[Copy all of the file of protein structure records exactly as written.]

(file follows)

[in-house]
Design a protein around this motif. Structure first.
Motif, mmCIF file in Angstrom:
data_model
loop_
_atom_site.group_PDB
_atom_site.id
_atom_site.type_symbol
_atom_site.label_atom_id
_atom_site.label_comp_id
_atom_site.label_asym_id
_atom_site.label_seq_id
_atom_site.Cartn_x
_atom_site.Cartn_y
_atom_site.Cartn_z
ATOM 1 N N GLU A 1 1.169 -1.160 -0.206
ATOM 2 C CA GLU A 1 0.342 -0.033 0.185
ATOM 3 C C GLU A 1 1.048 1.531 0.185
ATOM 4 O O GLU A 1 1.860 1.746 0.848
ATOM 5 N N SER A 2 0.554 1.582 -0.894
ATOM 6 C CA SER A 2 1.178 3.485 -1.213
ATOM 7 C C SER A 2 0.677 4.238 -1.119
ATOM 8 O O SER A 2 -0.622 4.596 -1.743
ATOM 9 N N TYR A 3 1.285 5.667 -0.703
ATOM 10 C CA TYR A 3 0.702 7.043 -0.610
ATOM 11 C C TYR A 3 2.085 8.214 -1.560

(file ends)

[in-house]
Design a protein around this motif. Structure first.
Motif, mmCIF file in Angstrom:
data_model
loop_
_atom_site.group_PDB
_atom_site.id
_atom_site.type_symbol
_atom_site.label_atom_id
_atom_site.label_comp_id
_atom_site.label_asym_id
_atom_site.label_seq_id
_atom_site.Cartn_x
_atom_site.Cartn_y
_atom_site.Cartn_z
ATOM 1 N N GLU A 1 1.169 -1.160 -0.206
ATOM 2 C CA GLU A 1 0.342 -0.033 0.185
ATOM 3 C C GLU A 1 1.048 1.531 0.185
ATOM 4 O O GLU A 1 1.860 1.746 0.848
ATOM 5 N N SER A 2 0.554 1.582 -0.894
ATOM 6 C CA SER A 2 1.178 3.485 -1.213
ATOM 7 C C SER A 2 0.677 4.238 -1.119
ATOM 8 O O SER A 2 -0.622 4.596 -1.743
ATOM 9 N N TYR A 3 1.285 5.667 -0.703
ATOM 10 C CA TYR A 3 0.702 7.043 -0.610
ATOM 11 C C TYR A 3 2.085 8.214 -1.560